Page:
Gargas is the last village of the Vaucluse to possess ocher quarrying. The mines of Gargas are unique in all of Europe. Senior visitors can travel nearly 650 meters of galleries up to 15 meters high.

Throughout the course, one can admire the wide array of impressive colors. The underground quarry has been converted into an imposing cathedral.

Inside the gallery at Bruoux

The Luberon ocher was once exploited in mines, carved into the cliffs in the light of the carbide lamp, the deck hand. From 1880 to 1950, more than 50 km of galleries have been shaped. As isolated as it be, wouldn’t just know that TripAdvisor has paid a visit to Gargas. Touch the All Visitor Photos link on this site for some awesome views of the mines.

The “mines” are carved into the hillside: you don’t descend significantly to enter inside. Up to 15 meters (49 feet) high, the soaring, vaulted interior chambers resemble the nave of a cathedral.

Seniors Enjoy Provence

The village of Gargas is a pleasant and somewhat typical villages in Provence. There’s a large central square with a few shops, including a pharmacy, tabac-magazine shop and a café-restaurant with a large, shady terrace where you can enjoy a Ricard Pastis.,  perfect in Provence, especially the late afternoon.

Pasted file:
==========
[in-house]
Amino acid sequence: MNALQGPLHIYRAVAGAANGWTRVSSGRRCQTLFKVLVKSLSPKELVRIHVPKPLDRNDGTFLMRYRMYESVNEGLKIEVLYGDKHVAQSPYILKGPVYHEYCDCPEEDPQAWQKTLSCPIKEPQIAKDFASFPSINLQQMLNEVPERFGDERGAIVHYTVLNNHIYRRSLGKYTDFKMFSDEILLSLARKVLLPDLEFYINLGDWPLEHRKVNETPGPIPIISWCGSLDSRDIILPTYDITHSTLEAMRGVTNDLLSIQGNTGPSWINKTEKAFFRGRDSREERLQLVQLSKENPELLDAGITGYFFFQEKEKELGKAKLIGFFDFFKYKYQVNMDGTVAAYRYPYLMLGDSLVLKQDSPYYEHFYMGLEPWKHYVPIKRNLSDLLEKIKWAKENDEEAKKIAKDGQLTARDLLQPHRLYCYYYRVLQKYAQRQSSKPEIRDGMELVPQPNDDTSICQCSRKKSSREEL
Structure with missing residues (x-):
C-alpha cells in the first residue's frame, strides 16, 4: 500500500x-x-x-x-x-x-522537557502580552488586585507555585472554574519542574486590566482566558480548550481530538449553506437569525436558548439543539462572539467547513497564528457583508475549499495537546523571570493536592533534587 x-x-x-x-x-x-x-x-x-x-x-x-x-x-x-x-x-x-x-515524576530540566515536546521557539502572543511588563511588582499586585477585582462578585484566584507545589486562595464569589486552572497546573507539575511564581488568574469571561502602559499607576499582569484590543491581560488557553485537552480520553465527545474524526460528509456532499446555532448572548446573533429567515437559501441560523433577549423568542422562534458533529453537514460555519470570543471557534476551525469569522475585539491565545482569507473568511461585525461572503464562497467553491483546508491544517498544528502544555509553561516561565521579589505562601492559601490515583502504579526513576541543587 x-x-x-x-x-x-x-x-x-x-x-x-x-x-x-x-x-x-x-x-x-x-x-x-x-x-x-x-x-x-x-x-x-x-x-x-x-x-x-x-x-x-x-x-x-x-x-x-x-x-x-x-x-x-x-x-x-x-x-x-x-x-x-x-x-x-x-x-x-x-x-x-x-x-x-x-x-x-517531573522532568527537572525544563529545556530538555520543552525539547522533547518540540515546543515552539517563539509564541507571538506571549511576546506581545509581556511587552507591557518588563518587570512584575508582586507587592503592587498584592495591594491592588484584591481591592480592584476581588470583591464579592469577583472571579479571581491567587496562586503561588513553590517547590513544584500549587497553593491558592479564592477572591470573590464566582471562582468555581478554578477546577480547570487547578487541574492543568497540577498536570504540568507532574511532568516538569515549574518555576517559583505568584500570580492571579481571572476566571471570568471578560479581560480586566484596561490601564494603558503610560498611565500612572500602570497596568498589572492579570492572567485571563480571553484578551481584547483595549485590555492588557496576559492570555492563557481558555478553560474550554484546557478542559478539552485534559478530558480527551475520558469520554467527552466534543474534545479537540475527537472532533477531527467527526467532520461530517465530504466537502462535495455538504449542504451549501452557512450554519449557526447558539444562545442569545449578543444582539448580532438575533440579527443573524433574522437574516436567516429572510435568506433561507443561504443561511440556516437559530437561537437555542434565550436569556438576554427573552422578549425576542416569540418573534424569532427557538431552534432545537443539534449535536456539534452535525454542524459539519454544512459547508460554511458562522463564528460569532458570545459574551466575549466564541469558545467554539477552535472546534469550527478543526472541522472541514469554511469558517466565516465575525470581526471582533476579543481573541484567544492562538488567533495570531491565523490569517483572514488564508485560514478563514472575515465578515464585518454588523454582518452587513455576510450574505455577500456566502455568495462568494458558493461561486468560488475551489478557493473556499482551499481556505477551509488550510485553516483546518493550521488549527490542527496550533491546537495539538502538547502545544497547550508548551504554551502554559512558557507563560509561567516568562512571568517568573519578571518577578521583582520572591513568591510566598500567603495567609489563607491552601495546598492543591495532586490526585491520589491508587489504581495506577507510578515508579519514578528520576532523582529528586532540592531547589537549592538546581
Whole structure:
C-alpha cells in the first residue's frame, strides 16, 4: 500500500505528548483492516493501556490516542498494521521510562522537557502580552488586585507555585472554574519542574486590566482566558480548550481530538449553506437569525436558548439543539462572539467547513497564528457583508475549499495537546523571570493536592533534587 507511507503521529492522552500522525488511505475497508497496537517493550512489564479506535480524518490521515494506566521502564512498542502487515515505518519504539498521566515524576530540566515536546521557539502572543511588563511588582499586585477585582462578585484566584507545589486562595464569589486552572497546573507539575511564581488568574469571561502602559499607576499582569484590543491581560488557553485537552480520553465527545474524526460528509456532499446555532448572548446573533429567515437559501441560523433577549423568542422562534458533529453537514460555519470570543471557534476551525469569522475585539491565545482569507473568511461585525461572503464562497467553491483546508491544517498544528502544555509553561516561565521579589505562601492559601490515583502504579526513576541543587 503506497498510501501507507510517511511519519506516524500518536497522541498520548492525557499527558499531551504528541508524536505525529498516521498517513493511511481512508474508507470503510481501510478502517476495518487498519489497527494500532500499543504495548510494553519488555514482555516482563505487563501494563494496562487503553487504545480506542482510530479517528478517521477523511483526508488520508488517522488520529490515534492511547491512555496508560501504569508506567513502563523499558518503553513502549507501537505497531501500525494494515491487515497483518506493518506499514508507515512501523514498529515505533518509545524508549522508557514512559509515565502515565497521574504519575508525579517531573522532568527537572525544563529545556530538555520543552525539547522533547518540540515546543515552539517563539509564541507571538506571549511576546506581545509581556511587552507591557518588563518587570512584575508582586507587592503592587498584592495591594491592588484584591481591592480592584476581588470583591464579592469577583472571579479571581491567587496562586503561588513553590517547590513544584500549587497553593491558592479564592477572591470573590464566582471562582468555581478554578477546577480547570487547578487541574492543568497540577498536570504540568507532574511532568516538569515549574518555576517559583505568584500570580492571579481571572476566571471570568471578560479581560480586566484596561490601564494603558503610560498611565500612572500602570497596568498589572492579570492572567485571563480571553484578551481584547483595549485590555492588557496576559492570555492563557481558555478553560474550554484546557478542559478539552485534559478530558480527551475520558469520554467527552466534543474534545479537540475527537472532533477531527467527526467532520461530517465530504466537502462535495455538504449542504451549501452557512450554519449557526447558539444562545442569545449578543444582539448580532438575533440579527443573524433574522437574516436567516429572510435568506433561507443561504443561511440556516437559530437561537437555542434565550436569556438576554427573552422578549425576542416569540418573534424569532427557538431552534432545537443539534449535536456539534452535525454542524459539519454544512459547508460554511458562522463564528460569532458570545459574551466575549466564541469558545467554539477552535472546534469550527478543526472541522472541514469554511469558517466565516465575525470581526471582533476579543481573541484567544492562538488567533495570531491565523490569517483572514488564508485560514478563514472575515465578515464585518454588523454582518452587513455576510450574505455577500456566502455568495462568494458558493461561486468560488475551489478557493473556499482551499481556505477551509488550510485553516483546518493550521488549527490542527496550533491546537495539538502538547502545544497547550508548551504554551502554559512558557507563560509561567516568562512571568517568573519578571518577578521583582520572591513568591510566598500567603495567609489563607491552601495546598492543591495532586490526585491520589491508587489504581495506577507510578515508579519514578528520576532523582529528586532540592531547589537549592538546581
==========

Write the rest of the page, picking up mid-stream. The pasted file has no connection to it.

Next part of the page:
The old stone fountain, set back in the shade opposite the terrace café, is quite nice, and a nearby iron windmill adds a touch of interest. Enjoy Provence, Gargas and the Mines of Bruoux. Seniors set your GPS for Gargas and take in “Marvelous Provence” and the famed mines.-jeb

SENIORS STOP IN ST. JOHNSBURY, VERMOMT



Seniors Enjoy Upstate Vermont

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 This senior was having breakfast with his wife at Cracker Barrel recently and noted that the syrup bottle came from St. Johnsbury, Vermont. I said to my wife, who is my editor here…”looks like a blog to me”. So let’s go check it out.

St. Johnsbury is the shire town of Caledonia County, Vermont with a population of just under 7,000. The town is located approximately 10 miles northwest of the Connecticut River and 48 miles south of the Canadian border…great place for maple trees and maple syrup. The town was originally granted in 1760 as part of the New Hampshire Grants and named Bessborough. It was re-granted by Vermont in 1786 as Dunmore, and settled the same year. The locals like to refer to the town as St. Jay.